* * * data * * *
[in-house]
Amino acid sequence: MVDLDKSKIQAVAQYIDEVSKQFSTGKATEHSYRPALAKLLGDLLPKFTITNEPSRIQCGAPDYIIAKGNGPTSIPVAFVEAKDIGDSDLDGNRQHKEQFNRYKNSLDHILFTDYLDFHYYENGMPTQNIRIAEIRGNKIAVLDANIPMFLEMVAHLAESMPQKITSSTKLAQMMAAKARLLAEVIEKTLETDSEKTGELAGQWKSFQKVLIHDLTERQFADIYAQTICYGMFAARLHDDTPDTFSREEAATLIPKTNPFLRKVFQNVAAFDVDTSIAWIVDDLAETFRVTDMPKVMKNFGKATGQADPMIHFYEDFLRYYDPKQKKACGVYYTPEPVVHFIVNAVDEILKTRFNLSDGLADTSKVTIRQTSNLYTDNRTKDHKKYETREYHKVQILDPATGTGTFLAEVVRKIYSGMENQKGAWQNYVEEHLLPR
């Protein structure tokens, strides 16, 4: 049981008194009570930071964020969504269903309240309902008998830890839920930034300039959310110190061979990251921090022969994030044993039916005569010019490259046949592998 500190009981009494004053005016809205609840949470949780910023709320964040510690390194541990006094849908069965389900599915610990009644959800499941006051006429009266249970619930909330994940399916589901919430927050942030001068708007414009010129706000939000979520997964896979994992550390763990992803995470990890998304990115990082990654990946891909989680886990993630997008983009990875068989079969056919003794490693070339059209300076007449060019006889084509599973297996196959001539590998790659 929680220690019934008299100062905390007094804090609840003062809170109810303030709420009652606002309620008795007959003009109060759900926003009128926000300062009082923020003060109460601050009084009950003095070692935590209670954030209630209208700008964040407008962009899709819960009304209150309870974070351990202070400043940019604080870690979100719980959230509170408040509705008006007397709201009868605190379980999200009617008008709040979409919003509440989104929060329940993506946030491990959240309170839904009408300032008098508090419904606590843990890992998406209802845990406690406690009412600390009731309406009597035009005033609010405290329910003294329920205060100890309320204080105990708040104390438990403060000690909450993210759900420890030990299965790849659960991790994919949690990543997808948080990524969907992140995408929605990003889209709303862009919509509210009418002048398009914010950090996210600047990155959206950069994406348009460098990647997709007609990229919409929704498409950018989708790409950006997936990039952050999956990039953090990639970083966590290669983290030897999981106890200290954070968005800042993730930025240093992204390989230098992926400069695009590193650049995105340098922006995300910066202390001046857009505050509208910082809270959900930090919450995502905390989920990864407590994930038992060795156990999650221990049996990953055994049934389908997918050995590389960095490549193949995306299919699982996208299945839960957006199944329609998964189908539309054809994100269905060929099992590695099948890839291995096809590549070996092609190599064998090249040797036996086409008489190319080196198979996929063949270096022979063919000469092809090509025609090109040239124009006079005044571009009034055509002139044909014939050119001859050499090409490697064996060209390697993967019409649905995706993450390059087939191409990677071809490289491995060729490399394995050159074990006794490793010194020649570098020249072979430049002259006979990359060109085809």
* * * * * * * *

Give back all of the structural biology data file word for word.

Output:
[in-house]
Amino acid sequence: MVDLDKSKIQAVAQYIDEVSKQFSTGKATEHSYRPALAKLLGDLLPKFTITNEPSRIQCGAPDYIIAKGNGPTSIPVAFVEAKDIGDSDLDGNRQHKEQFNRYKNSLDHILFTDYLDFHYYENGMPTQNIRIAEIRGNKIAVLDANIPMFLEMVAHLAESMPQKITSSTKLAQMMAAKARLLAEVIEKTLETDSEKTGELAGQWKSFQKVLIHDLTERQFADIYAQTICYGMFAARLHDDTPDTFSREEAATLIPKTNPFLRKVFQNVAAFDVDTSIAWIVDDLAETFRVTDMPKVMKNFGKATGQADPMIHFYEDFLRYYDPKQKKACGVYYTPEPVVHFIVNAVDEILKTRFNLSDGLADTSKVTIRQTSNLYTDNRTKDHKKYETREYHKVQILDPATGTGTFLAEVVRKIYSGMENQKGAWQNYVEEHLLPR
């Protein structure tokens, strides 16, 4: 049981008194009570930071964020969504269903309240309902008998830890839920930034300039959310110190061979990251921090022969994030044993039916005569010019490259046949592998 500190009981009494004053005016809205609840949470949780910023709320964040510690390194541990006094849908069965389900599915610990009644959800499941006051006429009266249970619930909330994940399916589901919430927050942030001068708007414009010129706000939000979520997964896979994992550390763990992803995470990890998304990115990082990654990946891909989680886990993630997008983009990875068989079969056919003794490693070339059209300076007449060019006889084509599973297996196959001539590998790659 929680220690019934008299100062905390007094804090609840003062809170109810303030709420009652606002309620008795007959003009109060759900926003009128926000300062009082923020003060109460601050009084009950003095070692935590209670954030209630209208700008964040407008962009899709819960009304209150309870974070351990202070400043940019604080870690979100719980959230509170408040509705008006007397709201009868605190379980999200009617008008709040979409919003509440989104929060329940993506946030491990959240309170839904009408300032008098508090419904606590843990890992998406209802845990406690406690009412600390009731309406009597035009005033609010405290329910003294329920205060100890309320204080105990708040104390438990403060000690909450993210759900420890030990299965790849659960991790994919949690990543997808948080990524969907992140995408929605990003889209709303862009919509509210009418002048398009914010950090996210600047990155959206950069994406348009460098990647997709007609990229919409929704498409950018989708790409950006997936990039952050999956990039953090990639970083966590290669983290030897999981106890200290954070968005800042993730930025240093992204390989230098992926400069695009590193650049995105340098922006995300910066202390001046857009505050509208910082809270959900930090919450995502905390989920990864407590994930038992060795156990999650221990049996990953055994049934389908997918050995590389960095490549193949995306299919699982996208299945839960957006199944329609998964189908539309054809994100269905060929099992590695099948890839291995096809590549070996092609190599064998090249040797036996086409008489190319080196198979996929063949270096022979063919000469092809090509025609090109040239124009006079005044571009009034055509002139044909014939050119001859050499090409490697064996060209390697993967019409649905995706993450390059087939191409990677071809490289491995060729490399394995050159074990006794490793010194020649570098020249072979430049002259006979990359060109085809």